To become an influential fashion figure, chances are, you had to be influenced by someone else first. For the
According to veteran stylist Groovey Lew (
"We used to go to [Manhattan club] the Grand on Sundays," Lew told MTV News recently. "And my man had all the Coogis and the Kangols. And I got the pictures where G got his Kangol on and his Coogi, but Big had on Army jackets and Timberlands. So [Big] fell in love with this kid's style right there — just took it to the next level for the world to see. If you weren't Bill Cosby or just a rich mother----er from Australia playing golf, nobody knew about [Coogi]. Big homie started running around with it, and that's what opened the 'hood up to it."
The colorful clothing line originated from Australian clothing company Coogi, which launched in 1969. But it wasn't until Bill Cosby's Heathcliff Huxtable sported them on "The Cosby Show" in the '80s that the textured sweaters really took off. When Biggie donned the sweaters during performances — and, notably, on the cover of The Source with the Twin Towers behind him — the look exploded in the hip-hop scene.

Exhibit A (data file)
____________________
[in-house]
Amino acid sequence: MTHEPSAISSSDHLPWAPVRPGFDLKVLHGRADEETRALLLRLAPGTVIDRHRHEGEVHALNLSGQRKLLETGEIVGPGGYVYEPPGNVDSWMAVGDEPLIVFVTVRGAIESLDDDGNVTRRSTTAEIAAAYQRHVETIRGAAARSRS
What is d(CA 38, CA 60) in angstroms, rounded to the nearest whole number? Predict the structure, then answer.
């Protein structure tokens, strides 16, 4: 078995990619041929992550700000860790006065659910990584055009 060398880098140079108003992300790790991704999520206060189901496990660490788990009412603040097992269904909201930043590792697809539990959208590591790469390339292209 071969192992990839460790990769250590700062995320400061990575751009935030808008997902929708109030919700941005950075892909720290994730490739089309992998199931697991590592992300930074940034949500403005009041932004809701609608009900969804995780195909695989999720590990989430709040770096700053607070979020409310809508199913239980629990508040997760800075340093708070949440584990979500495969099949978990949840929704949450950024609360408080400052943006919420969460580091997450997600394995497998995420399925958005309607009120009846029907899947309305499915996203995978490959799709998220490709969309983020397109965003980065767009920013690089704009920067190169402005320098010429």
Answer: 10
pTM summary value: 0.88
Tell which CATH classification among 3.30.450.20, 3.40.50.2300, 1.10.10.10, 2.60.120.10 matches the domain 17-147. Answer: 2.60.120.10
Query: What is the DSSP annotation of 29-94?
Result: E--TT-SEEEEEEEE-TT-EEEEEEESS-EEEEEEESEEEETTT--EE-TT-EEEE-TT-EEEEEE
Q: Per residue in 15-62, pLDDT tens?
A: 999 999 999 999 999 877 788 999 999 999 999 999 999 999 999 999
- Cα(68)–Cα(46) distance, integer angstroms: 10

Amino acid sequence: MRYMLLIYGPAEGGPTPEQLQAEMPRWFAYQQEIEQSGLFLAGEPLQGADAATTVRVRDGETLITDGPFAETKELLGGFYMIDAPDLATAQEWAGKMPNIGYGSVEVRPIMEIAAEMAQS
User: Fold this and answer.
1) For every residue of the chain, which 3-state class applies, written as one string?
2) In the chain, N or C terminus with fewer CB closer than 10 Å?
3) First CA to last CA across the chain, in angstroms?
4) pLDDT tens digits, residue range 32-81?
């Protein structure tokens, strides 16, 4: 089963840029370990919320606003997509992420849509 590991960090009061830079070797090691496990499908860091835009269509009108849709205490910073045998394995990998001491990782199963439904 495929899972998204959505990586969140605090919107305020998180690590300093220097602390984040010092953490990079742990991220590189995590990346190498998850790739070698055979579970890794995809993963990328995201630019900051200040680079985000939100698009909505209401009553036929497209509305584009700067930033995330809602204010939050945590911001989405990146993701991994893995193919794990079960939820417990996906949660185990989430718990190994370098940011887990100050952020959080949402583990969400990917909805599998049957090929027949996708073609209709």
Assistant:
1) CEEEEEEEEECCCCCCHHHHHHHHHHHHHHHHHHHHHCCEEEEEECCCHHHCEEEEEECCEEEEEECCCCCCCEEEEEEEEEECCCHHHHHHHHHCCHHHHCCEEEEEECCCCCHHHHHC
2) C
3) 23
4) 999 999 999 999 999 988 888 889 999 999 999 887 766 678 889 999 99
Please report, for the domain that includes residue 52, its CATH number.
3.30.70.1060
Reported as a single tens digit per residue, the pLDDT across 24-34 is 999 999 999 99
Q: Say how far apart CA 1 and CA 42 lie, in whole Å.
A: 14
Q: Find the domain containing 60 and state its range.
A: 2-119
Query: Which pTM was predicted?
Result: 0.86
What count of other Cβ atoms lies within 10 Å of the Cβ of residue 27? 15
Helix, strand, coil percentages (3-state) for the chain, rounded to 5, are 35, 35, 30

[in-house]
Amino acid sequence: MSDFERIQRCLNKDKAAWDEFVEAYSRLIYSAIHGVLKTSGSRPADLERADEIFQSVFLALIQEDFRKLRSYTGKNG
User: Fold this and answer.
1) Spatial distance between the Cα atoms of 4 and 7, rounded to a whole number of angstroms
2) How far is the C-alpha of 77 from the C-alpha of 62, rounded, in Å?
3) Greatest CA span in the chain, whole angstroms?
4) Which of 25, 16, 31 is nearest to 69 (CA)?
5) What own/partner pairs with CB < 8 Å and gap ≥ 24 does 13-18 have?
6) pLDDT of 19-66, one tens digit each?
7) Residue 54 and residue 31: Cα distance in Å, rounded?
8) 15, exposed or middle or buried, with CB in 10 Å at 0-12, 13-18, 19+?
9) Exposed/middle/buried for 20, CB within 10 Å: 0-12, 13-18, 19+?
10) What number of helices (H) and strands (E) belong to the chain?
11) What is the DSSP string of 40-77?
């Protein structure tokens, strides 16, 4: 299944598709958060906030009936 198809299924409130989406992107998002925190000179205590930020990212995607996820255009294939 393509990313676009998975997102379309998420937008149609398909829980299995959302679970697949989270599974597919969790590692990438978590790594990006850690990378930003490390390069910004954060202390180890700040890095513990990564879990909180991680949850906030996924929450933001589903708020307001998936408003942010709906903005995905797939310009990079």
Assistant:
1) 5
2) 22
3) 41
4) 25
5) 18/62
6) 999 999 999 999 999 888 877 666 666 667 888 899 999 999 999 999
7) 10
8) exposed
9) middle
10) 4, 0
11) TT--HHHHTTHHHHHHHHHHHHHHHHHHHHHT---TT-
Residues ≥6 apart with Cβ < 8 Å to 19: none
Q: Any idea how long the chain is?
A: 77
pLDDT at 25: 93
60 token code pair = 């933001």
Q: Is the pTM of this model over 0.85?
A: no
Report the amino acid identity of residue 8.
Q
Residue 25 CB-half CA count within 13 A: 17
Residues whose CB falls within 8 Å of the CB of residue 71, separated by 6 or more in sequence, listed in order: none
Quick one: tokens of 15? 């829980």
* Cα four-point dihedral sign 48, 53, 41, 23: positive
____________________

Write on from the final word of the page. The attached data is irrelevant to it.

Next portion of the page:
"Let's be realistic: Big was a fly dude to be that fat," Jim Jones told MTV News. "If he was that big and telling us what to go wear, you knew he had a lot of splash to him. Back then, Coogi [sweaters] was like one of the finer things to buy. They were like 300, 400 [dollars] a pop. If you got the special-edition ones, they was running you like 600, 700 — you know, the [ones with the] fruity colors. It was just a thing you needed to have. So when you was running through [New York club] the Tunnel with that bottle of Cris in your hand and a Coogi on, girls is looking at you, like, 'That's a G right there. What's in the pockets?' Big definitely set the standard for splash and swagger when he was coming up."
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